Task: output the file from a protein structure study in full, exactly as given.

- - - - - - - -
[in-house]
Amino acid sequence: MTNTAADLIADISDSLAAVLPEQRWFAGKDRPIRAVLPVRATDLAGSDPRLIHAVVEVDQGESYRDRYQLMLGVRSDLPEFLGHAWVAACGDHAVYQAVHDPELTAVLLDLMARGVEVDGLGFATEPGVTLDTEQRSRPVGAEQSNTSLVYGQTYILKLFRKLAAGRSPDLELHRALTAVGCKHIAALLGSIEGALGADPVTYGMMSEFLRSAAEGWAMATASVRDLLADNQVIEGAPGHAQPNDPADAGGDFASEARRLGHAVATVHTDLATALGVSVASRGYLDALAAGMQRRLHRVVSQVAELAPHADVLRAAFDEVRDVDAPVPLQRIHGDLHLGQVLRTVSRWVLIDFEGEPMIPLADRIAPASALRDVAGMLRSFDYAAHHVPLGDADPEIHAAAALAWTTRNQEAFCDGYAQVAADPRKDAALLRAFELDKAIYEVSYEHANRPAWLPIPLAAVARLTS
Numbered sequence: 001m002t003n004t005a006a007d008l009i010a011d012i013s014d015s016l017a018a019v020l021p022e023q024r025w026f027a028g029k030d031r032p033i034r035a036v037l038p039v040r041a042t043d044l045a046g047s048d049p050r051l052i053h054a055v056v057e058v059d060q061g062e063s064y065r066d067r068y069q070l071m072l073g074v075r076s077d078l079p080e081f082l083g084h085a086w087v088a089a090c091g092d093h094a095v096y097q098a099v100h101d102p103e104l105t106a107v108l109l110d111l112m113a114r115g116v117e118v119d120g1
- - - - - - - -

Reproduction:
[in-house]
Amino acid sequence: MTNTAADLIADISDSLAAVLPEQRWFAGKDRPIRAVLPVRATDLAGSDPRLIHAVVEVDQGESYRDRYQLMLGVRSDLPEFLGHAWVAACGDHAVYQAVHDPELTAVLLDLMARGVEVDGLGFATEPGVTLDTEQRSRPVGAEQSNTSLVYGQTYILKLFRKLAAGRSPDLELHRALTAVGCKHIAALLGSIEGALGADPVTYGMMSEFLRSAAEGWAMATASVRDLLADNQVIEGAPGHAQPNDPADAGGDFASEARRLGHAVATVHTDLATALGVSVASRGYLDALAAGMQRRLHRVVSQVAELAPHADVLRAAFDEVRDVDAPVPLQRIHGDLHLGQVLRTVSRWVLIDFEGEPMIPLADRIAPASALRDVAGMLRSFDYAAHHVPLGDADPEIHAAAALAWTTRNQEAFCDGYAQVAADPRKDAALLRAFELDKAIYEVSYEHANRPAWLPIPLAAVARLTS
Numbered sequence: 001m002t003n004t005a006a007d008l009i010a011d012i013s014d015s016l017a018a019v020l021p022e023q024r025w026f027a028g029k030d031r032p033i034r035a036v037l038p039v040r041a042t043d044l045a046g047s048d049p050r051l052i053h054a055v056v057e058v059d060q061g062e063s064y065r066d067r068y069q070l071m072l073g074v075r076s077d078l079p080e081f082l083g084h085a086w087v088a089a090c091g092d093h094a095v096y097q098a099v100h101d102p103e104l105t106a107v108l109l110d111l112m113a114r115g116v117e118v119d120g1